Compensating the kindness of strangers
Mary makes $8.40 an hour before taxes — $1.60 below the Massachusetts minimum wage — from the private agency that employs her. She nets $610 a week for 84 hours of work — and makes no overtime, although state law entitles her to time-and-a-half for every hour over 40. Continue reading
Passage of time: why people with dementia switch back to the past
There are neurological reasons why those affected by dementia judge the passage of time differently, and can access remote memories from many decades ago while unable to remember events of the past few hours.
Interesting article on perceptions of time for people with dementia and how to respond! Read the full article at: https://theconversation.com/passage-of-time-why-people-with-dementia-switch-back-to-the-past-45159
Dispelling respite myths for people with dementia and their carers
ReThink Respite is a new online resource aiming to support people with dementia and their carers and help them to better understand the benefits of respite services.
“There is plenty of evidence to show that respite can sustain carers to continue in their caring role and keep the person with dementia at home for longer, and yet the proportion of carers that use available respite and other support programs is low,” according to project leader, Dr Lyn Phillipson.
“The ReThink Respite resource will help people better understand respite services by dispelling myths and educating carers of the benefits of respite services. Ultimately, we want to increase uptake and inform and shape service delivery of respite in the community,” she adds.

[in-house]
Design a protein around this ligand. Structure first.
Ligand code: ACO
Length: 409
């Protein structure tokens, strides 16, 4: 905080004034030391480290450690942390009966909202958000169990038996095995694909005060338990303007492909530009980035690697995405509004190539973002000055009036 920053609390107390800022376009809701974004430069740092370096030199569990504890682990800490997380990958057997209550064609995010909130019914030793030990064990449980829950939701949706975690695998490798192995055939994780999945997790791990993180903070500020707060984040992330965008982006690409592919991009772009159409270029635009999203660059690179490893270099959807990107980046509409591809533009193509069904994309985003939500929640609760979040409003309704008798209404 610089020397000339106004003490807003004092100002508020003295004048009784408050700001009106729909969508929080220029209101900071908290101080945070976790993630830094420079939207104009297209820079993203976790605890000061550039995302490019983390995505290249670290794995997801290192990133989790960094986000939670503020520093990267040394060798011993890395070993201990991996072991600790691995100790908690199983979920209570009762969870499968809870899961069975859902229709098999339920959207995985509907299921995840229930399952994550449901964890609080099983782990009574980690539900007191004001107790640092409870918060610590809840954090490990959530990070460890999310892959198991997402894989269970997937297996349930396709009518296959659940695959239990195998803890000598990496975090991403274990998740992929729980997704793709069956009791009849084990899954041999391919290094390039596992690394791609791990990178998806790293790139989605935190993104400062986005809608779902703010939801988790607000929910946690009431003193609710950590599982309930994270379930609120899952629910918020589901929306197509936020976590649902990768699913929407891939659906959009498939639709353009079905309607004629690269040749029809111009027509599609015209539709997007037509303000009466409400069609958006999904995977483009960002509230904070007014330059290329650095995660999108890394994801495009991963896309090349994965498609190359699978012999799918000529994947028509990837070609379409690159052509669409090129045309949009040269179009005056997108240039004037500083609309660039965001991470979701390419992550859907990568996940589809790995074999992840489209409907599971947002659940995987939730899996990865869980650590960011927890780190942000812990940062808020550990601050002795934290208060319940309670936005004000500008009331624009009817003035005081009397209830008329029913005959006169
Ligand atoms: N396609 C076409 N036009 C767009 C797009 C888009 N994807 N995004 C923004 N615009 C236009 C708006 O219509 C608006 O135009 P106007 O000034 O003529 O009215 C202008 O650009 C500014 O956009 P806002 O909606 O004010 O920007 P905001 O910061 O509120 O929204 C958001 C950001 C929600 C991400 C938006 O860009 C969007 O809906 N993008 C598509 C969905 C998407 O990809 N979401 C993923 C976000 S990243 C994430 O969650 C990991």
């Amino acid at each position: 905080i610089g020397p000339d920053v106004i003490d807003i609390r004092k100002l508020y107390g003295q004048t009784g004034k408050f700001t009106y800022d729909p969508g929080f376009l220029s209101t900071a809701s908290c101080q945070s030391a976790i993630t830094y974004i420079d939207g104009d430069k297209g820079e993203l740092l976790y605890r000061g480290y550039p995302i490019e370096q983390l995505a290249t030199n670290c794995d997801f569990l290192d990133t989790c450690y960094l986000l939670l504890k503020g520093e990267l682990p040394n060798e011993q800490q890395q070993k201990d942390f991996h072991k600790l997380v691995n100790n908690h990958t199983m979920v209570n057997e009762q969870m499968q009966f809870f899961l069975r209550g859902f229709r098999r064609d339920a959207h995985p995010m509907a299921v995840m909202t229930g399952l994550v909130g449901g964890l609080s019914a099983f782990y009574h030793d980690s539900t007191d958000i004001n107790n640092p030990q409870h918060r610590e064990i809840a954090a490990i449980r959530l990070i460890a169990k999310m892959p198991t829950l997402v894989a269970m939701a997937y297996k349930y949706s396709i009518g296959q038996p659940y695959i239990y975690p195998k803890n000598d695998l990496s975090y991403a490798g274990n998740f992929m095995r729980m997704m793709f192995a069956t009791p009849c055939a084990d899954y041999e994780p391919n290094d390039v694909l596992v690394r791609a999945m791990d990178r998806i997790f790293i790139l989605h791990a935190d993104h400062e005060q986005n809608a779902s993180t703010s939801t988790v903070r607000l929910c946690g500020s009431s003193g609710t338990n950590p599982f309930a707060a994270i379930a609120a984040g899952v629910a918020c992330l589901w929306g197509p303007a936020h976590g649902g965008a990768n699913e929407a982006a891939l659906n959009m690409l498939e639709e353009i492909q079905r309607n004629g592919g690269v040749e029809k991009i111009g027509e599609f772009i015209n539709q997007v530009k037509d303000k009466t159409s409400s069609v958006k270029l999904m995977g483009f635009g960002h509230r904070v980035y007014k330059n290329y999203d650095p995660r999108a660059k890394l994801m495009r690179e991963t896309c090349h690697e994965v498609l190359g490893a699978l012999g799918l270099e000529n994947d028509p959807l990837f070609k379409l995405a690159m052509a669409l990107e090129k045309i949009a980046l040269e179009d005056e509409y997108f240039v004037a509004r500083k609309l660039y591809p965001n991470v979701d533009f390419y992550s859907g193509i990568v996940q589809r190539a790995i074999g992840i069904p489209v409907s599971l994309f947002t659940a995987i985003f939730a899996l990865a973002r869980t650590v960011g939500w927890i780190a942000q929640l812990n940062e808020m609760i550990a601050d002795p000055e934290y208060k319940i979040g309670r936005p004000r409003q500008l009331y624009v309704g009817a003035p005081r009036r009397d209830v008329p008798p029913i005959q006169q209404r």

Read more at: https://news.agedcareguide.com.au/2016/04/05/dispelling-respite-myths-for-people-with-dementia-and-their-carers/
Visit the ReThink Respite webpage at rethinkrespite.com
Dr. Tisone’s scent painting activity involves mixing spices with water to make watercolor paints with the hope that the scents will bring back memories for the patients. Students are trained to elicit conversation based on reactions to those smells.
– See more at: Professor Uses Spice Painting to Slow Progress of Dementia
As a follow-up to my previous post on eHealth in Denmark, this shorter, downloadable document (also in English) gives and oversight and real-life examples of the Danish model of eHealth and how eHealth is used in Denmark.
Click on the link below to access it – happy and healthy reading!
The apps, sensors and seemingly unlimited data at our fingertips put people — not providers — in charge of their own health. Medical procedures that once cost thousands of dollars can be reduced to pennies in the form of an app.
This cool, interactive infographic gives examples and real-life experiences of people using mHealth apps for better health and well-being. Click on the link below to read more!
Explore how the recent explosion in mobile health and medical apps can impact every stage of a person’s life. And potentially, our health care costs.
The government must act to improve the human rights of dementia patients and carers
Few now question the right of parents to stay with children in hospital – so why don’t patients with dementia have similar rights?
John’s Campaign is single-issue and simple. It is for the right of carers to stay with people with dementia if they are admitted to hospital. It is named for the father of my friend, the writer Nicci Gerrard, whose father’s dementia was catastrophically accelerated by a stay in hospital where he was largely cut off from his family.
In the 1960s we had to campaign for parents to have the right to stay with their children in hospital. Few question this right now. So why does the same right not apply to carers of people with dementia?
The great outdoors: why should you help someone with dementia to go outside?
If a loved one is diagnosed with dementia your instinct will probably be to protect them and keep them safe. Going out might start to feel daunting and stressful. Isn’t it better that they stay at home where you can keep a careful watch? Well no, actually, it isn’t.